Home

Notify me when new issues are released

 
 
 

Summer 2012, Vol. 9

Book Review


Afro-Pentecostalism: Black Pentecostal and Charismatic Christianity in History and Culture (Religion, Race, and Ethnicity Series)

edited by Amos Yong and
Estrelda Y. Alexander
(New York, NY: NYU Press, 2012) 271 pages

Reviewed by Carolyn Tennant, Ph.D., Professor Emerita at North Central University and Adjunct Faculty at AGTS

Printer Friendly Version (PDF)

 

Although Pentecostals celebrated the centennial of Azusa Street in 2006 and much was written for this event, one large segment of Pentecostalism has been historically under-researched from the vantage-point of academia, viz. Afro-Pentecostals. This lack of scholarly perspective has left a vast hiatus in our understanding of this topic, and therefore the two editors and twelve authors of Afro-Pentecostalism: Black Pentecostal and Charismatic Christianity in History and Culture should be commended for their efforts in writing this seminal work.

A book of this type ought to have been completed long ago, and a critical mass of scholarly work should have followed it. Perhaps the latter will now take place. The influence of Afro-Pentecostalism across the globe is certainly undeniable, and the topics to explore, vast.

As one of the first scholarly volumes to cover the spectrum of African-American Pentecostalism, the book begins to address the major influences this group has brought to bear, not only upon other branches of Pentecostalism, but also upon the Christian Church as a whole. Its variety is refreshing and thought-provoking.

The editors, Amos Yong and Estrelda Y. Alexander, both professors at Regent University School of Divinity in Virginia Beach, Virginia (and Alexander is currently establishing William Seymour College as its president), provide a sound orienting chapter to the book as well as introductory comments prior to each section. Giving thought to the great complexity within the Afro-Pentecostal tradition, the editors handle this reality in a variety of ways, beginning by the division of Afro-Pentecostals into four types.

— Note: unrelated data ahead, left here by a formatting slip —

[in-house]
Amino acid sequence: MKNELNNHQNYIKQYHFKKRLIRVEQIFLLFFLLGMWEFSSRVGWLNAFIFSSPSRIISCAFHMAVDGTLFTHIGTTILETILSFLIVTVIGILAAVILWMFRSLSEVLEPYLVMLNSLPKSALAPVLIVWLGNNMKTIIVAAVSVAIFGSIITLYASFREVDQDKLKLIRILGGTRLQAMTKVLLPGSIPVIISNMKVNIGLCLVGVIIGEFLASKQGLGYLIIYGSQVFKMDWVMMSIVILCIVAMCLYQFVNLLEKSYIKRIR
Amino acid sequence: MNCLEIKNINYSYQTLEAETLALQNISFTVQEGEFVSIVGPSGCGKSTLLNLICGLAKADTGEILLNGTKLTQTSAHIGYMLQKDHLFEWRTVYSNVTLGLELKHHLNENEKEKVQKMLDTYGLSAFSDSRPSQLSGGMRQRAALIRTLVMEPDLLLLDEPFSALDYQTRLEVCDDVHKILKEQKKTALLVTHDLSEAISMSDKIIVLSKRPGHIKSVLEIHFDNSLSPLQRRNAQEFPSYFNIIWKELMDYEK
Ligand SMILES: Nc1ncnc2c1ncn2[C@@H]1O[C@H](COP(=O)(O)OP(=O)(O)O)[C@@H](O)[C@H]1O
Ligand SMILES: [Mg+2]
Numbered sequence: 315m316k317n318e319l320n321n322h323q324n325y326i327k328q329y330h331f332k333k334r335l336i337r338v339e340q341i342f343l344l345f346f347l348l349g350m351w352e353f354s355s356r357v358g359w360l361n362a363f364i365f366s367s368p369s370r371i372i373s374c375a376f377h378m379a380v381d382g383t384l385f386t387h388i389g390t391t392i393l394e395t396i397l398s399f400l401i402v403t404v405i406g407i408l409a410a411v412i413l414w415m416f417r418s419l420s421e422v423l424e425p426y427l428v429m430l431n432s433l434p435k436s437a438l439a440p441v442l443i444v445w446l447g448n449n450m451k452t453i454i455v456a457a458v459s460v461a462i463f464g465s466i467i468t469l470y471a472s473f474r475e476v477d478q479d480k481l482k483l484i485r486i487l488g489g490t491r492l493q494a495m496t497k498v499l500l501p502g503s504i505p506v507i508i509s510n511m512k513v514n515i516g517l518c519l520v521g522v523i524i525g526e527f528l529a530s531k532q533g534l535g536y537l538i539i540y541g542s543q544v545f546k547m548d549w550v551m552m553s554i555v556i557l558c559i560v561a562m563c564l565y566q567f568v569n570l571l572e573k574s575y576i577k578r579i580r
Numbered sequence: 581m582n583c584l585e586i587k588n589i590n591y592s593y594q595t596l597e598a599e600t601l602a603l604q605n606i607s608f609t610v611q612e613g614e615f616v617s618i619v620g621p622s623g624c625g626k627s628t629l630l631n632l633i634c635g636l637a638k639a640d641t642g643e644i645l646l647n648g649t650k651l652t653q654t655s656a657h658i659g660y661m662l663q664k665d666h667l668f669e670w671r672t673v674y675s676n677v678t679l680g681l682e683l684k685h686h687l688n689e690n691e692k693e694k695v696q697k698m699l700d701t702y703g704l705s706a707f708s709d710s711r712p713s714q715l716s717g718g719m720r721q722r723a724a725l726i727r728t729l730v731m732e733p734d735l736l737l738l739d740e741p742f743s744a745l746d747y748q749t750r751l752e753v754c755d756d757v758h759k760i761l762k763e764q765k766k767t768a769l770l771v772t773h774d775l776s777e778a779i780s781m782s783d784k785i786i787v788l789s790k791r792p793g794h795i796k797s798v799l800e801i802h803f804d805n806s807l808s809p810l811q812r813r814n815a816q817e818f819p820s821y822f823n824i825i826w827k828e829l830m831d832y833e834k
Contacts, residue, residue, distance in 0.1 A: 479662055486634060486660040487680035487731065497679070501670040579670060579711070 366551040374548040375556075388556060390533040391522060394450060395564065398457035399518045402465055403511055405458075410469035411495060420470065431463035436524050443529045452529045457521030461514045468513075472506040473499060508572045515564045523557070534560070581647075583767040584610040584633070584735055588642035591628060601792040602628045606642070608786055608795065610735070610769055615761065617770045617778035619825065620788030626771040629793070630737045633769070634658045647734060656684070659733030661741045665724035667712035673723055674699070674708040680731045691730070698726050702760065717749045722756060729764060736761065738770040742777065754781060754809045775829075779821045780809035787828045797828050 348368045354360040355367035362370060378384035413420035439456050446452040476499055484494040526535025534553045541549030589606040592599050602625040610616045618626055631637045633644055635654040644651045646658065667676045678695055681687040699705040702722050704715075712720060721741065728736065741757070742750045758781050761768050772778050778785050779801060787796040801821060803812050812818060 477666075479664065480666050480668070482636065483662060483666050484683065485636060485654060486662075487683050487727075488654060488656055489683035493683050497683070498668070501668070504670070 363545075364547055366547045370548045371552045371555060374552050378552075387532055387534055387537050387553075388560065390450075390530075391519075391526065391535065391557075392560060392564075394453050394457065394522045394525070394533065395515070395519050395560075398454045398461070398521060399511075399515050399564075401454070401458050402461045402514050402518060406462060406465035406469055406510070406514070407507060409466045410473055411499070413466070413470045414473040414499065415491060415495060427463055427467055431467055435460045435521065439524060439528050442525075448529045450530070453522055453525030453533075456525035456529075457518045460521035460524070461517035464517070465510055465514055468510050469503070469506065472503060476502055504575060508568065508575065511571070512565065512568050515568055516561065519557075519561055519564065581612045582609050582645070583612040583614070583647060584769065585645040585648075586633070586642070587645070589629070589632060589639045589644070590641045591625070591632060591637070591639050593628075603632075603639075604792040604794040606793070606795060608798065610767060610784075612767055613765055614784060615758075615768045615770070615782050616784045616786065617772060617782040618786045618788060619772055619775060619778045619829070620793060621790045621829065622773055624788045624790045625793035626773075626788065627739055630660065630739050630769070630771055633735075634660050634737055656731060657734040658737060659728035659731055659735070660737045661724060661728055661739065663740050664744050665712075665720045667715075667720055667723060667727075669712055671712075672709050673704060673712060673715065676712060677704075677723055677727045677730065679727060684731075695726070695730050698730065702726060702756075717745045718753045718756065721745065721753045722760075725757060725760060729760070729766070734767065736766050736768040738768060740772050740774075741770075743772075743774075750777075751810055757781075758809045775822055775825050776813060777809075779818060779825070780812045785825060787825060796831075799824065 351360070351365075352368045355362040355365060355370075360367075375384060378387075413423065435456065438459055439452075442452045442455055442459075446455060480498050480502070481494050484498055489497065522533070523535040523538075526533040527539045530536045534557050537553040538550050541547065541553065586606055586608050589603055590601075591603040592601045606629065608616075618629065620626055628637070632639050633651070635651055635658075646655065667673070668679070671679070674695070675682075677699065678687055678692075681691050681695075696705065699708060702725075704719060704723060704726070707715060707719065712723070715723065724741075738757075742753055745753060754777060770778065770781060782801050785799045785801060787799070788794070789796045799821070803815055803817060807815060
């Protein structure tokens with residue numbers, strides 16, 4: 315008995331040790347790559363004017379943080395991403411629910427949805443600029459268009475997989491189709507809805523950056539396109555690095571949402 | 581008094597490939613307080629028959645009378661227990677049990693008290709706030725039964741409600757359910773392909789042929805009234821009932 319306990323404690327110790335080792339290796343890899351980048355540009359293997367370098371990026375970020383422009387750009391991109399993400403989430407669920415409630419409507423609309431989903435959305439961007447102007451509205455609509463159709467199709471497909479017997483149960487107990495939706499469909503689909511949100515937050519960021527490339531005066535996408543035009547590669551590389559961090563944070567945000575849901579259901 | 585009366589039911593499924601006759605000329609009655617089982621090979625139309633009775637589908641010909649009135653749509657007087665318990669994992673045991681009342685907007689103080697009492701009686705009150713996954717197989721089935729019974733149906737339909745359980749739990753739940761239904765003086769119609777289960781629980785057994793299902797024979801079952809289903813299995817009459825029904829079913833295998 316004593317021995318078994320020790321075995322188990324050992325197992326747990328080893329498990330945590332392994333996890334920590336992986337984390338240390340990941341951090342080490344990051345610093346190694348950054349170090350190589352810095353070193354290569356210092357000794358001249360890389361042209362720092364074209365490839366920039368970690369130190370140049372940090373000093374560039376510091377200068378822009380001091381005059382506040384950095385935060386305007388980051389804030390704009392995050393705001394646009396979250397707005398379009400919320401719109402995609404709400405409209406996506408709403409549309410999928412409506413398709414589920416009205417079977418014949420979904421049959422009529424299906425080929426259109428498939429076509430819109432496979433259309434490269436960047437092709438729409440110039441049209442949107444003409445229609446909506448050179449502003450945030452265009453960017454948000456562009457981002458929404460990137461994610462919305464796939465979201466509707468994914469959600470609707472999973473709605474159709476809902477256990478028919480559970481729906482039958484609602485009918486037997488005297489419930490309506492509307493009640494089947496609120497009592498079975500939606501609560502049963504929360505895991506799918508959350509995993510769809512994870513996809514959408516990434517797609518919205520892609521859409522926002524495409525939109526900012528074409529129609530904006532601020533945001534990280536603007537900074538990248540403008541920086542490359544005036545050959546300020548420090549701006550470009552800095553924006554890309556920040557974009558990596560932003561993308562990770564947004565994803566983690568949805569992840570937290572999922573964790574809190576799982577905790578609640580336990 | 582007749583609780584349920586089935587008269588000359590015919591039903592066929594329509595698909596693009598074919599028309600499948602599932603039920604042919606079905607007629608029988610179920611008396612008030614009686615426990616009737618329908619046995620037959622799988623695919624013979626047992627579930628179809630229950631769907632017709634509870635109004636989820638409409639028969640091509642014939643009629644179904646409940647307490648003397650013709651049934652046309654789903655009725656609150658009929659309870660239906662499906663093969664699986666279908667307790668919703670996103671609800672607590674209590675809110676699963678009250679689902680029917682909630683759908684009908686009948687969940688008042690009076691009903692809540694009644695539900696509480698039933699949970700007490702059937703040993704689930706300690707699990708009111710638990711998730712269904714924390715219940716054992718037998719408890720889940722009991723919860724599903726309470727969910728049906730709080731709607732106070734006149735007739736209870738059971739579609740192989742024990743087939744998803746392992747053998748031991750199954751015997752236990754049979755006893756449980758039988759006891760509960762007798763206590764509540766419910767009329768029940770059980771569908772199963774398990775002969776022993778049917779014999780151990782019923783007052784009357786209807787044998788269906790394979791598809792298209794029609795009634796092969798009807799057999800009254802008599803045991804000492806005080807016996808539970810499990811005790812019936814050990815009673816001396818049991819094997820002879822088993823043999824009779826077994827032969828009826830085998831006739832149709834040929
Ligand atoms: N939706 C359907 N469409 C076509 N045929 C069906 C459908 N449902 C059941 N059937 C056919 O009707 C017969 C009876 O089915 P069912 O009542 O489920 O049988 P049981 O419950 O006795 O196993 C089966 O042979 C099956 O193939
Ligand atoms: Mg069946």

Multiplicity and diversity rule in the selection of authors with four black Pentecostal scholars and four other black scholars who stand outside the Pentecostal tradition, but have interacted widely in Pentecostal circles through dialogue and critique. Furthermore, the authors include one white Pentecostal scholar and three other white scholars from outside classical Pentecostalism. Authors also include two women, and the age ranges of the authors are diverse.

The text is informed by the fact that these scholars are from a variety of fields including religious studies, ethics, history, theology, cultural anthropology, and missiology. This allows the reader to understand various facets and nuances of the movement. Additionally, some essays are personal or localized while others provide a broader perspective.

The first part, Origins, includes essays by Cecil Robeck Jr. and David Daniels III. Robeck’s chapter considers how the black churches in Los Angeles interacted with the Azusa Street Mission. Daniels’s essay reflects on early black Pentecostalism in relation to black civil society.